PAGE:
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Coal Vines - Dallas

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  • Coal Vines - Dallas

    Hey all...apparently Dallas is in the middle of a pizza renaissance! Who knew. At any rate, a new pizza restaurant just opened with a COAL oven! I have not tried it yet - but reviews are all good. I will hit it this week one day and check it out.

    Assuming you had a source for coal, I imagine you could use it as a fuel source in our wood-burning ovens??


  • #2
    wood vs coal

    I don't know this from personal experience, but it's said that wood burns at a higher temperature, and is good for neopolitan style pizza, but coal ovens are used for New York style pizza, which is thicker, cheesier, and cooks for a longer period of time. It's also said that coal ovens are different in shape than round wood burning ovens.
    My geodesic oven project: part 1, part 2


    • #3
      East coast coal ovens

      Any east coast members want to weigh in on the coal ovens in CT? I've read a lot about them, but I've never had the experience of a coal fired pizza. As David says, I've heard they cook hot -- though that in and of it self doesn't mean the pizza is good.

      I've never seen a coal oven in Italy. Anybody seen one there?

      Any good apocryphal stories on how we ended up with coal fired ovens in the Northeast?

      Pizza Ovens
      Outdoor Fireplaces


      • #4


        I was born in Philadelphia and spent my childhood there. In the neighbourhoods of older row houses (some 18th century, some 19th), everybody heated with coal. My grandparents' house was in Kensington, near the Delaware River, built about 1890 or so, and they heated with coal and cooked on a coal stove. Had an icebox, too. Philly, like many parts of the northeast, is hard by the Appalacian Mountains, where hard Anthracite coal was in abundance from places like Wilkes Barre, Scranton, Endwell and the Endless Mountains. They used it in bake ovens, I strongly suspect, because this was THE fuel source. Anthracite is quite hard and does burn very hot and clean, unlike bituminous soft coal that burns cooler and produces a lot of smoke. The infamous London fogs were a result of bituminous coal burning.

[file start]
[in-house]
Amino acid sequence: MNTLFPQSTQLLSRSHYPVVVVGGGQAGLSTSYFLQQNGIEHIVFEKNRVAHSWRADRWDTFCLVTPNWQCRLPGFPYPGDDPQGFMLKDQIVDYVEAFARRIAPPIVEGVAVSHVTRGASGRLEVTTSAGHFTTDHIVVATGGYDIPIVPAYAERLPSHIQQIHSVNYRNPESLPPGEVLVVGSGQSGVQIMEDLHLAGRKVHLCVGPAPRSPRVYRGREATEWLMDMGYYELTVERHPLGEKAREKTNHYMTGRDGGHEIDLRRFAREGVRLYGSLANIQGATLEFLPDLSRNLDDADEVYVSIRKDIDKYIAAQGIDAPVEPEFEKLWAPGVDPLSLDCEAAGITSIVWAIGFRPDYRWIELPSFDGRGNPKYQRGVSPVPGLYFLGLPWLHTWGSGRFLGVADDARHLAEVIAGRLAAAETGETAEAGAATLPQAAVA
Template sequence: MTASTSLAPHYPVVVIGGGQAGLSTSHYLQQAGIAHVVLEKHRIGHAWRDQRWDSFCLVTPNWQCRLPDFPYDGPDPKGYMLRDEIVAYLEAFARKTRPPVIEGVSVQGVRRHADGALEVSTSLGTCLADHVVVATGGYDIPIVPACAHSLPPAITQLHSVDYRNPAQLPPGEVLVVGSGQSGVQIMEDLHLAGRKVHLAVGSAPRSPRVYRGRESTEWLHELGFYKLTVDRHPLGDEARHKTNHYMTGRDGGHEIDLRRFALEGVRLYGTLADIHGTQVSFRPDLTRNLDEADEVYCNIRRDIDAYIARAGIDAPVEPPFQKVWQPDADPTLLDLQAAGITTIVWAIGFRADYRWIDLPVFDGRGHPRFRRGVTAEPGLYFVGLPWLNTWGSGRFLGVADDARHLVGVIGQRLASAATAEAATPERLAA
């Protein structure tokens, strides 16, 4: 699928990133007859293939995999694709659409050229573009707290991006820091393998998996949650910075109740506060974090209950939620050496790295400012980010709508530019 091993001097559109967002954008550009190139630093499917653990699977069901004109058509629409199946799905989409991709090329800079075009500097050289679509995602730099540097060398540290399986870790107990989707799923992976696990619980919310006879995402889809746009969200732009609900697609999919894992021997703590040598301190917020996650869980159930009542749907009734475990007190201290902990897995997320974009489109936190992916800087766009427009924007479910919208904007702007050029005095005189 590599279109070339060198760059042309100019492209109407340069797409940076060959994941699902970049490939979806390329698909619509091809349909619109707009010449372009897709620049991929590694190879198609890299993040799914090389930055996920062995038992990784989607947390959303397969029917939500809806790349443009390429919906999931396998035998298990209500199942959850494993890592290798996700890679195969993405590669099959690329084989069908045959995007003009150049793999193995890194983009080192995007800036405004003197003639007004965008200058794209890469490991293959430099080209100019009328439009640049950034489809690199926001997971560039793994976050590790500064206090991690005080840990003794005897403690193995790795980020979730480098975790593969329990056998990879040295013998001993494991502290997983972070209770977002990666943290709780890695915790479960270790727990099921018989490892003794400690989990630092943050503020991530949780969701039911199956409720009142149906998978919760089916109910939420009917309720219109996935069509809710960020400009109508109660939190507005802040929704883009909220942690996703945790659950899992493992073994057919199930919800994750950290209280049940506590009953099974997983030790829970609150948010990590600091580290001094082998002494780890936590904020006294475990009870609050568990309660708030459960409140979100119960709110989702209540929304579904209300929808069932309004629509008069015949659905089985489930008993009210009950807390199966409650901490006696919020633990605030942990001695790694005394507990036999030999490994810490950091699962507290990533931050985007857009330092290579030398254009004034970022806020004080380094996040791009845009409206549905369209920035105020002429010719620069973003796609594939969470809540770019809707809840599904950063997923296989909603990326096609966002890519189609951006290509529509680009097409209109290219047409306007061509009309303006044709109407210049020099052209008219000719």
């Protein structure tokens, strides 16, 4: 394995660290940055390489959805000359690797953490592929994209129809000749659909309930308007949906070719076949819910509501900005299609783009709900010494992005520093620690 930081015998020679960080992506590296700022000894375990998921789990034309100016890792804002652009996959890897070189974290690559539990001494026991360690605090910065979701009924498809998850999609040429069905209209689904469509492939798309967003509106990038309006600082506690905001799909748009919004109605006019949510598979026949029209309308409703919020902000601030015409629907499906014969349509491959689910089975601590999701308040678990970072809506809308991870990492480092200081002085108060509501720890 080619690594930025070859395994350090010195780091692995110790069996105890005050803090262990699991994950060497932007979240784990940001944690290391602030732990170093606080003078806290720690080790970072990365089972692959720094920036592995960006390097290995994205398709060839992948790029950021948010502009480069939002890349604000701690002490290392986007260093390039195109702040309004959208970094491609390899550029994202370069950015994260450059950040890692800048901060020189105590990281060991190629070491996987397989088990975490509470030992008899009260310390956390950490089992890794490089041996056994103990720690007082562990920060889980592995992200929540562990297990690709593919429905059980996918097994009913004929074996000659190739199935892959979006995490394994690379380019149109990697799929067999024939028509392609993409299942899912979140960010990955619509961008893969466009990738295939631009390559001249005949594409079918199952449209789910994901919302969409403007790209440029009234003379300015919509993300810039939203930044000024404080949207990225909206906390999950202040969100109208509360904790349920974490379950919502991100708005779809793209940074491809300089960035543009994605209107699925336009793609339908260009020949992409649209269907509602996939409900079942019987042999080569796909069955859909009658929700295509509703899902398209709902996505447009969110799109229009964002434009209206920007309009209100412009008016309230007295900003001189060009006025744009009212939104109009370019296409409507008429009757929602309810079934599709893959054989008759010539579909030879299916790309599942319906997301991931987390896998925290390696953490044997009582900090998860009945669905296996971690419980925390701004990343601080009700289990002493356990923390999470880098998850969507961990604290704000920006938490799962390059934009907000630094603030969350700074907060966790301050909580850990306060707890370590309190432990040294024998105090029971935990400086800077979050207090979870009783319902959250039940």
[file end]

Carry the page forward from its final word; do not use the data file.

Also, at least in my part of PA, the major tree species is scrub oak, not the best for wood heat.

        "Made are tools, and born are hands"--William Blake, 1757-1827


        • #5
          coal ovens

          here in NYC what is said to be the first pizza store in the United States, Lombardi's, was established in 1905, they cook with coal, the pizza is outstanding, it has a slight smokey flavor, the crust is very thin and they say their ovens get up to about 900 degrees.


          • #6
            OK so I went to Coal Vines today at lunch...the pizza is definitely very good. Very thin NY style that you can fold. I still like the true Neapolitan style better - but that is just my preference. The crust had some nice charring and a good smoky flavor. They were definitely cooking the pizzas longer - not 2-3 mins.

            Anyway - the oven was pretty interesting. It was not a dome and not was about 6 ft wide, 2.5 ft deep and had a barrel ceiling...and they had 2 arched doorways (sharing the same oven chamber) about 2 ft apart. 2 big glowing piles of coal. I was about 5 ft way from the oven opening and I could feel the heat. I don't know how the guys in the kitchen did it.